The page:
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St. Louis couple suing wedding reception venue for not returning money amid pandemic | Coronavirus

Written by Las Vegas News

ST. LOUIS (KMOV.com) — Attorney Ken Schwartz filed a lawsuit Monday against Das Bevo in South City, accusing the venue of not giving money back to a couple who no longer wants their reception there due to COVID-19 restrictions. 

Jacob Lamberth and Caitlin McGrath got engaged in September 2019. A month later, they booked Das Bevo for their reception on October 10, 2020. 

They planned to invite 160 people to their wedding, but as coronavirus cases continued rising, they said they reached out to the venue in April to ask about canceling and getting back the $3,500 they already paid. 

“They got back to us saying basically we couldn’t because it’s too far out,” said McGrath. 

Owner of Das Bevo, Pat and Carol Schuchard, said they offered the couple several options including a credit to use for their reception at a later date. 

“We’ve offered them extra spaces in the building, we’ve offered them to postpone, we’ve offered them any conceivable combination of things,” said Pat. “We’ve spent a tremendous amount of time and money… and holding that date for them for the last year.”

For that reason, Pat said he will not return all of the money. 

“There’s nothing in the local law or local ordinances or ordinances coming from the mayor that says they can’t have the wedding now,” said Pat.

McGrath and Lamberth said they don’t want to ask their out-of-town guests to travel during the pandemic or worry about wearing masks and social distancing. 

“There’s no precedent for this so it’s hard to blame people for not having a strict plan but they need to abide by what’s in the contract,” said Lamberth. “It’s not even about the money, it’s about the principle.”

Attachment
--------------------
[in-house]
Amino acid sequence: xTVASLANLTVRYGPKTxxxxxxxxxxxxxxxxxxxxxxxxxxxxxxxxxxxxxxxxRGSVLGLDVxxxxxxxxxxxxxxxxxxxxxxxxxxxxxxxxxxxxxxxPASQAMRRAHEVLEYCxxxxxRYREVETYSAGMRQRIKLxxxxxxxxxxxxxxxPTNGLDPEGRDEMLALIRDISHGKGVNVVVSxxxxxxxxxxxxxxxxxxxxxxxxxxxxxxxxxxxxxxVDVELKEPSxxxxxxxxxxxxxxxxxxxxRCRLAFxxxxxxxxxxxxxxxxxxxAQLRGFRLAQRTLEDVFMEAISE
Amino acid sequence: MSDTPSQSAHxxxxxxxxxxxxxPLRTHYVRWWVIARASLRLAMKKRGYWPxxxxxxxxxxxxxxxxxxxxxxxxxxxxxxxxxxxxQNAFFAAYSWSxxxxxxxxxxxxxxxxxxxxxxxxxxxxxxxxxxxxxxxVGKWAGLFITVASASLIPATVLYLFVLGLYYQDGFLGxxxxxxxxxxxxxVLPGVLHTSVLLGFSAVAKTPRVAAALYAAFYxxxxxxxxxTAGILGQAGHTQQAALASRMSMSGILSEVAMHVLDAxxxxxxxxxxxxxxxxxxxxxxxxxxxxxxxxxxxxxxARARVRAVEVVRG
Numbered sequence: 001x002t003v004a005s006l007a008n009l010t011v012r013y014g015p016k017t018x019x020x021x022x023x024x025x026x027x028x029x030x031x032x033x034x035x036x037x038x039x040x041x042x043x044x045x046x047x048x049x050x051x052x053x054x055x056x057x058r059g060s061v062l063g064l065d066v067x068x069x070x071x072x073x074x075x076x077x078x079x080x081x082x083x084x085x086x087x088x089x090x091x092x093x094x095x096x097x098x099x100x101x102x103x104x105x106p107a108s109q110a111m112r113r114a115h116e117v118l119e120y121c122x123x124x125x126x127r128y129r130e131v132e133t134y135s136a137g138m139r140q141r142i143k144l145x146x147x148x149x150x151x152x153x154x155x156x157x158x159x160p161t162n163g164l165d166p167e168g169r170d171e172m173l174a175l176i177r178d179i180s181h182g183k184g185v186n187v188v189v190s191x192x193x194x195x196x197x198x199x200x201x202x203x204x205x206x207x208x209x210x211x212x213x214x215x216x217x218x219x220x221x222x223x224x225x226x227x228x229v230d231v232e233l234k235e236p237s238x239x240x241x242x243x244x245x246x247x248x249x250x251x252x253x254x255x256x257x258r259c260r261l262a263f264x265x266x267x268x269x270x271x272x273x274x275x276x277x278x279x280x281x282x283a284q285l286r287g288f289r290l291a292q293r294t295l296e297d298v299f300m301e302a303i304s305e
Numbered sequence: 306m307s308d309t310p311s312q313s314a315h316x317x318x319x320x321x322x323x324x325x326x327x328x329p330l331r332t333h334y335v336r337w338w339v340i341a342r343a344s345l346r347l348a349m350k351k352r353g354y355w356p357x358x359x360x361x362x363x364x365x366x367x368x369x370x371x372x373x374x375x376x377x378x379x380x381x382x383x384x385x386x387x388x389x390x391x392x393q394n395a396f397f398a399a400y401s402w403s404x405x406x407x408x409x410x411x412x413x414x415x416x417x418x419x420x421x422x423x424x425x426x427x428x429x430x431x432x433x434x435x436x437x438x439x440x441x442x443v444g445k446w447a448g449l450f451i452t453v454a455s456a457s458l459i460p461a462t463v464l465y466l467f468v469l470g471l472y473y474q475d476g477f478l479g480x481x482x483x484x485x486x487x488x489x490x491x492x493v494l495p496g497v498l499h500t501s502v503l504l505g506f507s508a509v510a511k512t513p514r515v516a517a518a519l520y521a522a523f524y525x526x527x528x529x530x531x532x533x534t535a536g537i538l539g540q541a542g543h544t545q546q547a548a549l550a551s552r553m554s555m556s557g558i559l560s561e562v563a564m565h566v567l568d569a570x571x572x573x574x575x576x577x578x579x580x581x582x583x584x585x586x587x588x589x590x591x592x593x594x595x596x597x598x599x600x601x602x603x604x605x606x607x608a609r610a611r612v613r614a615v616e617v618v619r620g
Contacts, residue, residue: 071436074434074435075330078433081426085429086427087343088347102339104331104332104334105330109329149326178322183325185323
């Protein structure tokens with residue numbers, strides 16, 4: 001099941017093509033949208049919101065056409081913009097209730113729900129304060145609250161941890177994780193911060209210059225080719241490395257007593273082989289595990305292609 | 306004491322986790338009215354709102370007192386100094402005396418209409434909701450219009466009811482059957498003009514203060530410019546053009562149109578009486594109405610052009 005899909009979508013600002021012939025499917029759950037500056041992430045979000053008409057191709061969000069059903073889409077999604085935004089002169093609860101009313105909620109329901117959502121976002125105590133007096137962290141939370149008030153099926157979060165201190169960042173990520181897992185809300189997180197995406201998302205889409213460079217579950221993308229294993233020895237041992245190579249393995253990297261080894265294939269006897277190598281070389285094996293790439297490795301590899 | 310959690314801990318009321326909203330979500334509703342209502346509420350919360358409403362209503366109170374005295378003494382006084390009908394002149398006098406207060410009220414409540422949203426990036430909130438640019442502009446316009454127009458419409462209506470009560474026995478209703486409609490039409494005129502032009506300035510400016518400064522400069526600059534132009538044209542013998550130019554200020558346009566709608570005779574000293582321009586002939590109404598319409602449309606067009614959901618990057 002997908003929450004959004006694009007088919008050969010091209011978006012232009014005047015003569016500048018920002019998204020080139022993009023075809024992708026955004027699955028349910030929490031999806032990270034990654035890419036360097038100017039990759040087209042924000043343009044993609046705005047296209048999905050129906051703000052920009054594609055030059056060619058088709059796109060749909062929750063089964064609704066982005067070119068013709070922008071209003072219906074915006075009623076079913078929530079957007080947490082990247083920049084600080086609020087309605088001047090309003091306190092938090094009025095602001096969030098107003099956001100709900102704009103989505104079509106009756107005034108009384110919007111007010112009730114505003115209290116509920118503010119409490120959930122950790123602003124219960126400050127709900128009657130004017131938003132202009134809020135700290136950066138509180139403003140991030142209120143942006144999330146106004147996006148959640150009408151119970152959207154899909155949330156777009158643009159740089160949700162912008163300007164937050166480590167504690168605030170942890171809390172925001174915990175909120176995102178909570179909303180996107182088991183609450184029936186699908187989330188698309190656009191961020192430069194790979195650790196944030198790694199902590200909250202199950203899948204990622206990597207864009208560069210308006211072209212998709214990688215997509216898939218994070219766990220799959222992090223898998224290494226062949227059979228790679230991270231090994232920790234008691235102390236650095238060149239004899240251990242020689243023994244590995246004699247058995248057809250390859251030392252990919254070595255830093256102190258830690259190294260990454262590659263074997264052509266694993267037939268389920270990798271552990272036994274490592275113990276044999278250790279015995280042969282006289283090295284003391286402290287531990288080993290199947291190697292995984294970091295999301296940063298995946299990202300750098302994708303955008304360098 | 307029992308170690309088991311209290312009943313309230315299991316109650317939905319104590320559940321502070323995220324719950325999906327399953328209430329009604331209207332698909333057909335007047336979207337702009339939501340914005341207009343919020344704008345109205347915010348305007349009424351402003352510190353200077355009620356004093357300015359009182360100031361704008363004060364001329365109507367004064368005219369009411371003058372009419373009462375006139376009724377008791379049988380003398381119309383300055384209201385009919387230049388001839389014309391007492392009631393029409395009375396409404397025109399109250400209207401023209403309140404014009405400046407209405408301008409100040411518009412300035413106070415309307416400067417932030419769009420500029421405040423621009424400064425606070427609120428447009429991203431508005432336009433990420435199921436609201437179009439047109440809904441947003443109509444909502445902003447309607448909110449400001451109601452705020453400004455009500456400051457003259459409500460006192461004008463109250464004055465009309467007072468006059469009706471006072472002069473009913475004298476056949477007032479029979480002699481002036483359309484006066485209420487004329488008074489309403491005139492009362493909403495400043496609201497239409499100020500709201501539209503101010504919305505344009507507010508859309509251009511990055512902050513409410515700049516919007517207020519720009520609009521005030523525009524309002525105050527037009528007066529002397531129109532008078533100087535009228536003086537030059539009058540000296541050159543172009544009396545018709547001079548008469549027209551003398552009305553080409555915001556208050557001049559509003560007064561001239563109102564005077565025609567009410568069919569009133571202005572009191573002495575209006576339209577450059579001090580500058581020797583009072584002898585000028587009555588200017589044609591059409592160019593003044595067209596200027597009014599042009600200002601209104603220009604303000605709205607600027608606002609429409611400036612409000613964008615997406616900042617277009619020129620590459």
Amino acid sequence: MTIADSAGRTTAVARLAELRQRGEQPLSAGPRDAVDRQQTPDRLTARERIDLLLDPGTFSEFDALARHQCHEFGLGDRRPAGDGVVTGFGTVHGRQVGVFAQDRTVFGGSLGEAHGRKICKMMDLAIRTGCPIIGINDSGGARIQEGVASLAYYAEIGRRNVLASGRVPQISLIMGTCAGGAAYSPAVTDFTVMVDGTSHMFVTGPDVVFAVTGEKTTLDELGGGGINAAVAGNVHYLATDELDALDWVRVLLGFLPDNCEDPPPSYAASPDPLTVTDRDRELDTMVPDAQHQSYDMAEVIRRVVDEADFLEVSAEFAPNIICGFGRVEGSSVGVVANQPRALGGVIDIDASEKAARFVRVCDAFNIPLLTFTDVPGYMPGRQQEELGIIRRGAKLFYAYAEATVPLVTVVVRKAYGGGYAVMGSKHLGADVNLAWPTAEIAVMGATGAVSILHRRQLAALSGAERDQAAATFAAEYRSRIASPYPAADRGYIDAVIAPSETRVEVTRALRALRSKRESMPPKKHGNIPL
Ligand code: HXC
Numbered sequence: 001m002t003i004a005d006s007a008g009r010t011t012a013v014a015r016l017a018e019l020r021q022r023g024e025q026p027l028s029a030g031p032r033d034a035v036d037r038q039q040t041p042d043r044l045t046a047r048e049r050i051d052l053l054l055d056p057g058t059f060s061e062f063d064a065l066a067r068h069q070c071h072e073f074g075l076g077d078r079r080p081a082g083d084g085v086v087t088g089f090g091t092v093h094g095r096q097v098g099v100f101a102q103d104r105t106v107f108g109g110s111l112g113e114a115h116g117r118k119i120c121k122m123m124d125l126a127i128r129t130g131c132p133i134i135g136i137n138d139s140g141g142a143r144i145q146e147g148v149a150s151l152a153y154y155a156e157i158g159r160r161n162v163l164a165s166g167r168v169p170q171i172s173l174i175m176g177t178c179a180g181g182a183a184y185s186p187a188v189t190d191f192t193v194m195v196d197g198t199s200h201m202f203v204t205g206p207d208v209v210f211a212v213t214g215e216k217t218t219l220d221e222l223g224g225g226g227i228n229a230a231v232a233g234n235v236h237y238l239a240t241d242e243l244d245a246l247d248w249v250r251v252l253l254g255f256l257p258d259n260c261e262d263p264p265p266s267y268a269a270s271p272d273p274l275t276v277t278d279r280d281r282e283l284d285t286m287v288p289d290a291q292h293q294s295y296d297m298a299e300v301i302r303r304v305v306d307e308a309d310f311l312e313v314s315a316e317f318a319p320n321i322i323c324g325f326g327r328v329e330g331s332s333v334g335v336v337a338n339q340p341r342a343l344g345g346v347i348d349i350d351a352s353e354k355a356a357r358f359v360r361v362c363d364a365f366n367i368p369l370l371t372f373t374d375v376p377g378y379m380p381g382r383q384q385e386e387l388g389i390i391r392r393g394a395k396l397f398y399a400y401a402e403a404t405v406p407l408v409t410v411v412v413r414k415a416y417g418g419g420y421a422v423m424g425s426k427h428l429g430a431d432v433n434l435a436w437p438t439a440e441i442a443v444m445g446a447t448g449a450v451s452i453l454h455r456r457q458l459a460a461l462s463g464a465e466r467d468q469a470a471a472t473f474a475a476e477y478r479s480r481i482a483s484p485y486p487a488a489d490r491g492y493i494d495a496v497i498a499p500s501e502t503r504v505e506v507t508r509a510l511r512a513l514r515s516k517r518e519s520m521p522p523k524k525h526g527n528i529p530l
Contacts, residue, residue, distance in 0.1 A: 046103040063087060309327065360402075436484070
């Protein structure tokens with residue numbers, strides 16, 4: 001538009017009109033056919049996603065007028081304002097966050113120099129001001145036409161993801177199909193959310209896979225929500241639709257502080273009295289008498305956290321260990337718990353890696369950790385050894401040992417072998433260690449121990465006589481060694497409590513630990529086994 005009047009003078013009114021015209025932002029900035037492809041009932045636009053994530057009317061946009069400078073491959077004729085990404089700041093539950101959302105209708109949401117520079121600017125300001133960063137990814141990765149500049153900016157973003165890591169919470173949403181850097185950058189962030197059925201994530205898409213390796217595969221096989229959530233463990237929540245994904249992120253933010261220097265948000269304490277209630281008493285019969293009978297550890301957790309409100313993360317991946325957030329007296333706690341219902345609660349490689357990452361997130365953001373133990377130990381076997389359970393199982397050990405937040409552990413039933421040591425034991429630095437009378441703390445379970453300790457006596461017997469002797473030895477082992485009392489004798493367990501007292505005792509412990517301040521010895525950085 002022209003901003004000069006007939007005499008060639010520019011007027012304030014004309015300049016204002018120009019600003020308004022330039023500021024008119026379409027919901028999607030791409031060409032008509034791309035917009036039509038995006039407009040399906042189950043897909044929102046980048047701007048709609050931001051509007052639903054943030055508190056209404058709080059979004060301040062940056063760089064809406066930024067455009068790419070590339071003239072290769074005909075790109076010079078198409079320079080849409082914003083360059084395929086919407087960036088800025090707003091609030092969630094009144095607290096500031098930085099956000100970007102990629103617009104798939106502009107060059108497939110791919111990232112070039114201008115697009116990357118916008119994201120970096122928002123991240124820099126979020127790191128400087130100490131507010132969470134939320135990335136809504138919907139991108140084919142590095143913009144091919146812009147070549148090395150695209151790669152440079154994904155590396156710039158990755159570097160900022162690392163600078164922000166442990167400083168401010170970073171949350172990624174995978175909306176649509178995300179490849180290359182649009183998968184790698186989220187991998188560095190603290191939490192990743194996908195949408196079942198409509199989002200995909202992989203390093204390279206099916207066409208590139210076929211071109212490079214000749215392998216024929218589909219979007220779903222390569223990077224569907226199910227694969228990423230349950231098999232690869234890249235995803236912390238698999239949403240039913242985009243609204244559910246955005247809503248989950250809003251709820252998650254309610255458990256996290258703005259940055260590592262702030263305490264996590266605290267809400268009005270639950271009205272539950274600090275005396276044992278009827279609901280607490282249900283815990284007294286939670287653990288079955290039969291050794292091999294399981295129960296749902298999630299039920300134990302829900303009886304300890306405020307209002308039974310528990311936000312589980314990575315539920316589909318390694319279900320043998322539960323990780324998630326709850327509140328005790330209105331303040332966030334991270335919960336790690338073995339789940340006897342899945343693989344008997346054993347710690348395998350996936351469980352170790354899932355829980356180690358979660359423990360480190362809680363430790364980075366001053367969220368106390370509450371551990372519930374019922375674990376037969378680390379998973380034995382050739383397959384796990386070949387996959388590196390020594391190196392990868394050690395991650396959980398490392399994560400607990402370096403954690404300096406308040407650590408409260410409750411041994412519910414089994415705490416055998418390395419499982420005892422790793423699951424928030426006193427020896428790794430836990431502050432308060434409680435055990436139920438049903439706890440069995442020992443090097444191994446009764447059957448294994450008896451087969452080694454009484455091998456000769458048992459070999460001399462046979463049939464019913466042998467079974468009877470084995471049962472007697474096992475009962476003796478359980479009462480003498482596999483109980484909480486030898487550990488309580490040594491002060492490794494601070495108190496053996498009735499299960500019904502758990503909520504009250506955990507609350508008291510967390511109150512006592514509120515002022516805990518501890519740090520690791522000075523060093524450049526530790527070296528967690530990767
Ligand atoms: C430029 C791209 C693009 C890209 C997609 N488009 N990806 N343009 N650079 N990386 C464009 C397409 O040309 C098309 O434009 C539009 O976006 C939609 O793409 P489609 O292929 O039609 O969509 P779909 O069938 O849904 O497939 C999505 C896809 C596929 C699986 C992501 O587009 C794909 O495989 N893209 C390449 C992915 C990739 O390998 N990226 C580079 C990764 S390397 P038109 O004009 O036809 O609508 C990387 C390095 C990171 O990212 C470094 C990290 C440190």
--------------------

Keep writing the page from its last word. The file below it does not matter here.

Lamberth and McGrath’s attorney, Schwartz, advised any couple struggling to get out of a contract to contact a lawyer. He also said it’s important to carefully review the contract. 

“Some contracts do have a clause and in the law we call it Force majeure clause which essentially is something that says if some horrible act of God or something out of our control happens we are not liable, this whole contract is basically null and void,” said Schwartz. 

The Schuchards said the biggest issue is that the couple has not officially canceled their reservation, meaning they are still holding that date for them. The Schuchards said they’ll give the couple half of their money back when they cancel the reservation. 

Schwartz said the reason they did not cancel the reservation is because that would be considered a breach of contract on their end. He said because he believes legally COVID-19 would be considered an ‘act of God’ then the contract should be null and void. 

Copyright 2020 KMOV (Meredith Corporation). All rights reserved

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